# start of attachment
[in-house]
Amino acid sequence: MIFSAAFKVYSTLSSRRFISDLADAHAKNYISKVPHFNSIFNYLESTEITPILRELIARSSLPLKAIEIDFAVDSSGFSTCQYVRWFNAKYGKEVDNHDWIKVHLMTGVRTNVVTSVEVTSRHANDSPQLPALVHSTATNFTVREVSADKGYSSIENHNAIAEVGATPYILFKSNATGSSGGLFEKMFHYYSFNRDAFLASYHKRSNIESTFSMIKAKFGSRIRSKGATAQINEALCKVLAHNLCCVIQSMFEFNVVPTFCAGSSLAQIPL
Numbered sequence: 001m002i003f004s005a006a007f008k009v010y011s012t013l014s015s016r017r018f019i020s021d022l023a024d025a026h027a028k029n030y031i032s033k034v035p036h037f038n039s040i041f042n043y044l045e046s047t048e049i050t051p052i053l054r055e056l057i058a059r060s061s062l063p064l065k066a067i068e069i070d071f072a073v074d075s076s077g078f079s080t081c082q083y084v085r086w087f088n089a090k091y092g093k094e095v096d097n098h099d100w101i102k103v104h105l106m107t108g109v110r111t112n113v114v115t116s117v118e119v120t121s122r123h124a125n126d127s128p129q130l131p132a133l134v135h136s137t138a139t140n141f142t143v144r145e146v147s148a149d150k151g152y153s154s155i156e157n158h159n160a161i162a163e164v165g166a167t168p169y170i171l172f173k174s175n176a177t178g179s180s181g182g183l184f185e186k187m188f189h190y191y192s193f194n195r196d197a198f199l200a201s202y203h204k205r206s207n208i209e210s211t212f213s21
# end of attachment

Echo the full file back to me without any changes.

[in-house]
Amino acid sequence: MIFSAAFKVYSTLSSRRFISDLADAHAKNYISKVPHFNSIFNYLESTEITPILRELIARSSLPLKAIEIDFAVDSSGFSTCQYVRWFNAKYGKEVDNHDWIKVHLMTGVRTNVVTSVEVTSRHANDSPQLPALVHSTATNFTVREVSADKGYSSIENHNAIAEVGATPYILFKSNATGSSGGLFEKMFHYYSFNRDAFLASYHKRSNIESTFSMIKAKFGSRIRSKGATAQINEALCKVLAHNLCCVIQSMFEFNVVPTFCAGSSLAQIPL
Numbered sequence: 001m002i003f004s005a006a007f008k009v010y011s012t013l014s015s016r017r018f019i020s021d022l023a024d025a026h027a028k029n030y031i032s033k034v035p036h037f038n039s040i041f042n043y044l045e046s047t048e049i050t051p052i053l054r055e056l057i058a059r060s061s062l063p064l065k066a067i068e069i070d071f072a073v074d075s076s077g078f079s080t081c082q083y084v085r086w087f088n089a090k091y092g093k094e095v096d097n098h099d100w101i102k103v104h105l106m107t108g109v110r111t112n113v114v115t116s117v118e119v120t121s122r123h124a125n126d127s128p129q130l131p132a133l134v135h136s137t138a139t140n141f142t143v144r145e146v147s148a149d150k151g152y153s154s155i156e157n158h159n160a161i162a163e164v165g166a167t168p169y170i171l172f173k174s175n176a177t178g179s180s181g182g183l184f185e186k187m188f189h190y191y192s193f194n195r196d197a198f199l200a201s202y203h204k205r206s207n208i209e210s211t212f213s21